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Felix Baumgartner Ready for Free-Fall: Top 10 Facts You Need to Know

Skydiver Felix Baumgartner is getting ready in a couple of hours to take a plunge from the very edge of space at dawn today, when he’ll fall from 120,000 feet wearing a space suit, a helmet and a parachute. His jump time was to have been at 5 a.m. Pacific Time, or 8 a.m. Eastern Standard Time. However, when the jump time rolled around, Red Bull’s You Tube site announced a weather delay, with the earliest jump time to be at 7:30 a.m. Mountain Daily Time, or 9:30 a.m. EST.

The daredevil hopes to jump from a record-breaking altitude that’s more than three times higher than how high airliners cruise, and he hopes to be the first person to break the sound barrier without the aid of any machines, or for that matter, anything but his space suit. The fall will be broadcast live on Red Bull’s YouTube channel and at Red Bull’s website from beginning to end.

Baumgartner has been preparing for the record-breaking jump since 2010, and told CNN he is ready for his terrifying free-fall.

I’m not nuts. You know, our records are meant to be broken, and I’m a very competitive person. I like the challenge. Of course I’m afraid of dying, because I worked so hard to reach this level. You know, I’m living a good life. I think the most important thing I’m doing is to come back alive.

Here’s some more facts from him as he gets ready to head up:

1. He’ll Be Free-Falling at Horrifying Speed
Felix Baumgartner, Free-Falling, Red Bull,

At 120,000 feet, the air is thin and provides next to no resistance. After 40 seconds, Baumgartner will be free-falling at faster than 690 miles per hour. In comparison, the average cruising speed of a Boeing 747 is 570 miles per hour.

2. It’ll Take Two or Three Hours to Get Up There
Felix Baumgartner, Free-Falling, Red Bull,

Baumgartner will be in a capsule that hangs from a helium balloon on the ride up. Once he’s at 120,000 feet – the edge of space – he’ll climb from the capsule, jump off the step and crouch to maximize his speed.

3. It’ll Take Him About Five Minutes to Return To Earth
He’ll be falling 115,000 feet in fewer than five minutes and then deploy a parachute for his final 5,000 feet.

4. There’s a Lot That Can Go Wrong

Baumgartner and his team, sponsored by Red Bull, have practiced how to avoid his being trapped in a horizontal spin. He could also freeze to death. Temperatures at that height can be 70 degrees below zero or even less. Then there’s that space pressure suit. If it tears up, the atmosphere is so thin, his blood could vaporize. Oh, and let’s hope he doesn’t faint during that fast fall, because he’ll die if his parachute doesn’t deploy.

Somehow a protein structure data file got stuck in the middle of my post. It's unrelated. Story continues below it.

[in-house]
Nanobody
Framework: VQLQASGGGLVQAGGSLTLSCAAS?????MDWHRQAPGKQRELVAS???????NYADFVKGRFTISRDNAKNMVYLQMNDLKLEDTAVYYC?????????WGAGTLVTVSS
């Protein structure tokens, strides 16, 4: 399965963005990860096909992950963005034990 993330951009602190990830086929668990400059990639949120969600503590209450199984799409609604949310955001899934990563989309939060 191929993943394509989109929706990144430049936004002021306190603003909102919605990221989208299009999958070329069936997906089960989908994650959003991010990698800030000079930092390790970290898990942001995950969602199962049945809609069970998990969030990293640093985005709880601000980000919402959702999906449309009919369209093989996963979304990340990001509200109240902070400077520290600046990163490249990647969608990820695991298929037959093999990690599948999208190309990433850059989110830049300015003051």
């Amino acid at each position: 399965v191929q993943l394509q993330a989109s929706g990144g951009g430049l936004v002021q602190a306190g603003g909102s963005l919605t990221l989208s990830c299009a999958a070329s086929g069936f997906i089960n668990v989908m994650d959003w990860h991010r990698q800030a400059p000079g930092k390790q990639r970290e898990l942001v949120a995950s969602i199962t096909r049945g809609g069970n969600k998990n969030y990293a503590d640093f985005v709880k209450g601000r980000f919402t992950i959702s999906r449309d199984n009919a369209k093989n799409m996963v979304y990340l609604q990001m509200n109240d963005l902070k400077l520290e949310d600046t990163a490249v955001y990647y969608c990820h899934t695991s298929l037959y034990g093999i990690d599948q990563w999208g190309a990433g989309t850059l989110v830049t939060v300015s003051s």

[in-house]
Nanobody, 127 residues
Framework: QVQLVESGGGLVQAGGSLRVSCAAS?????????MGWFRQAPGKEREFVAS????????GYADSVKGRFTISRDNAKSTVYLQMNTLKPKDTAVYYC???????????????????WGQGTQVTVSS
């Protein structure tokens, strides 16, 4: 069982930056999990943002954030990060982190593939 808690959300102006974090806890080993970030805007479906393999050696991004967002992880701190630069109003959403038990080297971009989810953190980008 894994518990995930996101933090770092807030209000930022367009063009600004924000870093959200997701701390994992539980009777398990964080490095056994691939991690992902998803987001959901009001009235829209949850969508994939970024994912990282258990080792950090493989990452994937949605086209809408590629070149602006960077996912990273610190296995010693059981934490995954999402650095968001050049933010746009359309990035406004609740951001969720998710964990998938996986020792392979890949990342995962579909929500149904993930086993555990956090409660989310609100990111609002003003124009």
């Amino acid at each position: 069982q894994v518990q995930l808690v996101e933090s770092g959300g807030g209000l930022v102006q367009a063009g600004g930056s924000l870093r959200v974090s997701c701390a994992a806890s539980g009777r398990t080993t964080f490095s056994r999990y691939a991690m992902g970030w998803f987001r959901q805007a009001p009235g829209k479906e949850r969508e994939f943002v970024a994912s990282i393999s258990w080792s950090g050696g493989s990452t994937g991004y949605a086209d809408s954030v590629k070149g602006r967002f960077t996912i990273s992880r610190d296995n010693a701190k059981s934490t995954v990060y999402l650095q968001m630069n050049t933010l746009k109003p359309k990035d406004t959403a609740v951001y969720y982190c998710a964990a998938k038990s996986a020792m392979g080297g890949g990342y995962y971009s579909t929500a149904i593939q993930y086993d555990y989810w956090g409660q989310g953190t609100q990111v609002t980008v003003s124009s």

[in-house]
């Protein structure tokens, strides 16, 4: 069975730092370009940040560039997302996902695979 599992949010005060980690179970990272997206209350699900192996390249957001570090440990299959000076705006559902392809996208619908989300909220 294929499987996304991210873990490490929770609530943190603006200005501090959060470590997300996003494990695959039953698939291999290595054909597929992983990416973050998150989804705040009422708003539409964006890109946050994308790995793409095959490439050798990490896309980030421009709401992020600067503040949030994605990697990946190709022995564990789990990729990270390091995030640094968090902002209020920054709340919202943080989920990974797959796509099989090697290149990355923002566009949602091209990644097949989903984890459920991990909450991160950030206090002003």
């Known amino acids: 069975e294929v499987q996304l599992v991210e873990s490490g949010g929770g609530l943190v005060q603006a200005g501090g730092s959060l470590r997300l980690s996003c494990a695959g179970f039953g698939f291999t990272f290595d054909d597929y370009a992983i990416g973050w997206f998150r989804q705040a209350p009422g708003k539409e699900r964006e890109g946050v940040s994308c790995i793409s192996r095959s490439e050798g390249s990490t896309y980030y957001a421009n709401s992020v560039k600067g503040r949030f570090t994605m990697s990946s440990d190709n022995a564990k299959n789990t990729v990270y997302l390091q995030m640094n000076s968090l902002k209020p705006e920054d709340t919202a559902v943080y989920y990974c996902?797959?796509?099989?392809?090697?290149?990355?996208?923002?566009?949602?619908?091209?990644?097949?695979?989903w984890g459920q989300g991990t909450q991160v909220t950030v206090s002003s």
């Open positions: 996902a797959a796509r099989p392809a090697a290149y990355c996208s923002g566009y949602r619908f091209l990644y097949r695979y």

5. It Shouldn’t Batter His Body

Planners think breaking the sound barrier won’t hurt him too much, because he’s at such an altitude with so little air, sound waves should be barely transmitted.

6. He’s Focused and Ready to Go
Baumgartner, an Austrian helicopter pilot and former soldier, has jumped from landmarks like the Petronas Towers in Malaysia and the Christ the Redeemer statue in Rio de Janeiro.

“You have to remember all the procedures. You know you’re in a really hostile environment. And you cannot think about anything else. You have to be focused. Otherwise, you’re gonna die.”

7. He’s Not Going Up in a Typical Balloon
Felix Baumgartner, Free-Falling, Red Bull,
The balloon is more than 500 feet tall, and will change shape and size when it rises. Meanwhile, Baumgartner’s spacesuit weighs 100 pounds and has sensors to record everything from speed to his heart rate. And cameras will transmit live images of the attempt.

8. It Takes Mental Preparation Too
Baumgartner wasn’t giving interviews Monday night, but performance coach Andy Walshe on Sunday said he’s mentally ready.

He knows that he’s rehearsed it and knows what to do. We want him in the right state of mind. We ask him to reflect on what he’s done, what he’s been through and what he’s achieving for himself personally, so he can relax and focus.

9. The Current Record Holder Helped Him Train
Felix Baumgartner, Free-Falling, Red Bull,

Col Joe Kittinger holds the record from 1960, when he jumped from 102,800 feet while on a Air Force mission. It’s 52 years later and Kittinger is there for advice and moral support and to tell Baumgartner what to expect.

There’s no way you can tell how fast you’re going, because there’s no visual cues.

10. Kittinger Isn’t Jealous of the Jump
The record holder says he’s “delighted” Baumgartner is going up, and says he’s “advancing science.”

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